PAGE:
15 members, “permanent five” have veto powers
  • 8. Copyright 2010 Cengage Learning.
    The UN’s Headquarters and Global Network
  • 9. Copyright 2010 Cengage Learning.
    Aspects of the United Nations
    General Assembly dominated by the Global South
    Controversy over size and nature of UN budget
    Dominance of U.S.
    Collaborate with NGOs
    Budget problems
    North–South differences over perceived priorities
    Controversy over dues amounts
    Controversy over inefficiency of UN bureaucracies
  • 10. Copyright 2010 Cengage Learning.
    The United Nations
    Great Powers
    Great Britain, China, France, the Soviet Union, and the United States
    One State/One Vote scheme in the General Assembly
  • 11. Copyright 2010 Cengage Learning.
    Important Functions of the UN
    Deterring and Countering Aggression
  • 12. Copyright 2010 Cengage Learning.
    The Specialized Agencies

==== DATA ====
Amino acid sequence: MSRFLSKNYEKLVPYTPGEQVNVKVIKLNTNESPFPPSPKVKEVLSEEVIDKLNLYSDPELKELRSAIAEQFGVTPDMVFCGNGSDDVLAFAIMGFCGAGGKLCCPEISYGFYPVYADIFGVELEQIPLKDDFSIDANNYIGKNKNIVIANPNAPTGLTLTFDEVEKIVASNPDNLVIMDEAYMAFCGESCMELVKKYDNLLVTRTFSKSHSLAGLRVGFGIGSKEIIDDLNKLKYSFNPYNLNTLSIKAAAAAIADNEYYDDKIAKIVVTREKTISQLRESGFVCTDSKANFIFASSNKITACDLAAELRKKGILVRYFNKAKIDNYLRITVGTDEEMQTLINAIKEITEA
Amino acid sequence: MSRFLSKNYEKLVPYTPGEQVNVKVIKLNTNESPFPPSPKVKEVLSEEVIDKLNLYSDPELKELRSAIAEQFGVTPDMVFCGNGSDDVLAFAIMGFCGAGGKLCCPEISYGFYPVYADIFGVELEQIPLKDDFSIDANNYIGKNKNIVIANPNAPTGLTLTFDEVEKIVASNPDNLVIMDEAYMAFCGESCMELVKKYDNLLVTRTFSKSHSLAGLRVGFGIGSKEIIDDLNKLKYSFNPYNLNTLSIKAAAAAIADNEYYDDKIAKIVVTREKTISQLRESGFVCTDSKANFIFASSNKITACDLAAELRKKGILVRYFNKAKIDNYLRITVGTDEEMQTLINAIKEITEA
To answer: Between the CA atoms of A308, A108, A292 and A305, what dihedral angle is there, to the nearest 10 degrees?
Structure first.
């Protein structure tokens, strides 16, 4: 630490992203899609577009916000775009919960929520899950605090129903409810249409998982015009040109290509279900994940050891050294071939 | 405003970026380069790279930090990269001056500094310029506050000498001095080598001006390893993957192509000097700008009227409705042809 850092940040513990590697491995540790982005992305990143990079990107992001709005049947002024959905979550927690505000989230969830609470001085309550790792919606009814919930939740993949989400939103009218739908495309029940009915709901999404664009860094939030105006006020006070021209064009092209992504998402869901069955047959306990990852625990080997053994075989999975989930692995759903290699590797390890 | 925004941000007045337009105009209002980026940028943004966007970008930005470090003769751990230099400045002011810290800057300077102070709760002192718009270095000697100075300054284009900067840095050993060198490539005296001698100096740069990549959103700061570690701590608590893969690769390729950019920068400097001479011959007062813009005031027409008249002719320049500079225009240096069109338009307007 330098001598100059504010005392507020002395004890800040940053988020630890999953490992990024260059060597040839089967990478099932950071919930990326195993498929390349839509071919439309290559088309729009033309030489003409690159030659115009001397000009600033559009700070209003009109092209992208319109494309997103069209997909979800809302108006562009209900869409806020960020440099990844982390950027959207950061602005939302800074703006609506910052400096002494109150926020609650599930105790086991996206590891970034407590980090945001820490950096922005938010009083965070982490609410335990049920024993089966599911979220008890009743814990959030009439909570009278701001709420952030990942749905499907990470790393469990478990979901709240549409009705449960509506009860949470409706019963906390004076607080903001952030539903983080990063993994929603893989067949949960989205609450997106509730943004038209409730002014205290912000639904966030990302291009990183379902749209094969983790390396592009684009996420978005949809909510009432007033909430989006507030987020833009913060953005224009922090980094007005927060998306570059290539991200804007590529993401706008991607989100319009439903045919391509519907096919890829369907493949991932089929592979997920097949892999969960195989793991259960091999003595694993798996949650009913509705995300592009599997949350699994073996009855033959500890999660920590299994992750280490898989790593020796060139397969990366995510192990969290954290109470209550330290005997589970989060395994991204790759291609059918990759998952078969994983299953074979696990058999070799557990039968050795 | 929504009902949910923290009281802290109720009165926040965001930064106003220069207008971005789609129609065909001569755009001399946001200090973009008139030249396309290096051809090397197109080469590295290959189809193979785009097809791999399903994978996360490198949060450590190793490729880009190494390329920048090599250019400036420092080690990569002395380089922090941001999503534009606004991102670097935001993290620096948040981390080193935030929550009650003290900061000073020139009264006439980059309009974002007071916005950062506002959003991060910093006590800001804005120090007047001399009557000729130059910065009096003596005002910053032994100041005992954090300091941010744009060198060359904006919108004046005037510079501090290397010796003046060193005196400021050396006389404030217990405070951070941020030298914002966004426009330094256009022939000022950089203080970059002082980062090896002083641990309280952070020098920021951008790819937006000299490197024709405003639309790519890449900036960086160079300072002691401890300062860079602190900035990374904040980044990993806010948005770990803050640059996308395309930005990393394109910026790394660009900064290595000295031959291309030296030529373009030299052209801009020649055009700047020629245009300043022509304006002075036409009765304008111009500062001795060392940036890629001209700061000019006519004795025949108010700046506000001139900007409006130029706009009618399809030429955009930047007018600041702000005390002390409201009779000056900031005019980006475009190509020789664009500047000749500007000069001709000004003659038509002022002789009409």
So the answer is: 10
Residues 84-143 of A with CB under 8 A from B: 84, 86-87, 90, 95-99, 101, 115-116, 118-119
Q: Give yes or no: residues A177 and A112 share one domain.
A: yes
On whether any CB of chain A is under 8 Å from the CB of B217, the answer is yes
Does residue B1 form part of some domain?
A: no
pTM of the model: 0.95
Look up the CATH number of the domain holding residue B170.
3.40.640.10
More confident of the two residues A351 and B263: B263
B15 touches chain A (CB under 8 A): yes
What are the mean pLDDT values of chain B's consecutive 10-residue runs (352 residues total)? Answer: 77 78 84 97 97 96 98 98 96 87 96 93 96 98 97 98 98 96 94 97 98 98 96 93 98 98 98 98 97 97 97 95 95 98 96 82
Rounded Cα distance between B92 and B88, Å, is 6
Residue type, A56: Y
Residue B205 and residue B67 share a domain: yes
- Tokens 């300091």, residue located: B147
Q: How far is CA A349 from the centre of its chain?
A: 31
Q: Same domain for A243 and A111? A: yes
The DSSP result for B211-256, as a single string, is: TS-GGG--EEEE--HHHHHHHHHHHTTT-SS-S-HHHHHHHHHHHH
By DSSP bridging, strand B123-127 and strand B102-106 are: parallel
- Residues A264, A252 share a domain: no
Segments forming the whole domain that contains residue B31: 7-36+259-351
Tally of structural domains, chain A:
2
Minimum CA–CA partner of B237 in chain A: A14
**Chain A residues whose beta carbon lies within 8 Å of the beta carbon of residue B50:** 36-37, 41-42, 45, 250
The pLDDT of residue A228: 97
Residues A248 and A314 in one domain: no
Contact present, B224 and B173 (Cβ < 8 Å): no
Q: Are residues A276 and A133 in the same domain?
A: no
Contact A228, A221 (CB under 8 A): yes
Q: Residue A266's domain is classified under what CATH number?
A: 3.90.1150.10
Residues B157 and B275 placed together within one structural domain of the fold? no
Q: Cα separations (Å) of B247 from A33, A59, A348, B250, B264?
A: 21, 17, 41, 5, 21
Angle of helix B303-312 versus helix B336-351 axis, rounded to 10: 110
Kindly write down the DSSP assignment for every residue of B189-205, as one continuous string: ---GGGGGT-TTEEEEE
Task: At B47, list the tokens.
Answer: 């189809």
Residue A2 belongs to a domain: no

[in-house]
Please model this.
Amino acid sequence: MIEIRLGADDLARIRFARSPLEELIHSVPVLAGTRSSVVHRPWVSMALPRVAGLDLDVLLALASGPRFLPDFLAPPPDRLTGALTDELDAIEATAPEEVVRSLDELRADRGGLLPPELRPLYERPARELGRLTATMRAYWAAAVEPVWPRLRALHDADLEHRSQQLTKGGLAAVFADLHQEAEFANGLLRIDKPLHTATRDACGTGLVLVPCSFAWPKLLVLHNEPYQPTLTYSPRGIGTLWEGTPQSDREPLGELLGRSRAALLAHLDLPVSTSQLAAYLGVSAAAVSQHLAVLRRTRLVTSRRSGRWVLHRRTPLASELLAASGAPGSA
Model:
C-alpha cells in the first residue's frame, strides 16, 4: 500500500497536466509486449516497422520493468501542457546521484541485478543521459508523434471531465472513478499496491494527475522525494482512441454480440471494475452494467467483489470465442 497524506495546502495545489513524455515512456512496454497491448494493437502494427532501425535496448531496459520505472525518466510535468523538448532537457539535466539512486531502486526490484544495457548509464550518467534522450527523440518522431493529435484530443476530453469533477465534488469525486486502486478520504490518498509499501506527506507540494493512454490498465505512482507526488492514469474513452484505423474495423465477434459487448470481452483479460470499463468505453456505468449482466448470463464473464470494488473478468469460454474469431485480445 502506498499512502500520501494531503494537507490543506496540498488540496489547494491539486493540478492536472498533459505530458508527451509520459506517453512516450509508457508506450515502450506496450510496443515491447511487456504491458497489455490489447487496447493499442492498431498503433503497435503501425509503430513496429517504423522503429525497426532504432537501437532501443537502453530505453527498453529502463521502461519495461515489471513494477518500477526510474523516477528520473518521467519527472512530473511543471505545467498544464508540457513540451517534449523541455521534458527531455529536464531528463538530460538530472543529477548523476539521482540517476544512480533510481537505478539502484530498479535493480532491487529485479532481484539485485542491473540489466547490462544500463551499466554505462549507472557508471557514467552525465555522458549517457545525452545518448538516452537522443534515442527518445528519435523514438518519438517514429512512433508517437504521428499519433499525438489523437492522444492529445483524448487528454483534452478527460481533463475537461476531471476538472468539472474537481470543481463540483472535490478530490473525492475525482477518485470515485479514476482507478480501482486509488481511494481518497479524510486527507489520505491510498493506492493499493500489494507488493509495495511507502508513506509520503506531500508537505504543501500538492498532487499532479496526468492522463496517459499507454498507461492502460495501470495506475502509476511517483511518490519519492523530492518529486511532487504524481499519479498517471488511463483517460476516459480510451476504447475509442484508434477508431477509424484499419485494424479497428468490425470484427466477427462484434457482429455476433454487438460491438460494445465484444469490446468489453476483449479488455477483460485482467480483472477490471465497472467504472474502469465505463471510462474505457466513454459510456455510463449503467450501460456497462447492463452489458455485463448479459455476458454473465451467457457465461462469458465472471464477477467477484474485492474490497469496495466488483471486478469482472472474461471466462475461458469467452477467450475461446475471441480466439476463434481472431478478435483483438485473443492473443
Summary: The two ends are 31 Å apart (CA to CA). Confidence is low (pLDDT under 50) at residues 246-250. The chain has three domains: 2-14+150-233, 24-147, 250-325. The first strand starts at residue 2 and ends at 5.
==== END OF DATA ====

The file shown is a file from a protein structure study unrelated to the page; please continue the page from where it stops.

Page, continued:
Economic and Social Council (ECOSOC)
    The International Court of Justice (ICJ)
  • 13. Copyright 2010 Cengage Learning.
    Four Views of the UN
    UN as world government
    The UN as irrelevant
    The UN as a tool for states
    The UN as a source of norms
  • 14. Copyright 2010 Cengage Learning.
    World Trade Organization
    Successor to GATT (1947)
    Promotes stable international economic order and smooth international trade
    Formal decision-making powers over trade disputes
    Decreases state sovereignty
    Dominated by major powers
  • 15. Copyright 2010 Cengage Learning.
    World Bank
    Created at 1944 Bretton Woods conference
    International Bank for Reconstruction and Development (IBRD)
    Private and governmental loans to developing countries
    Upholds international economic system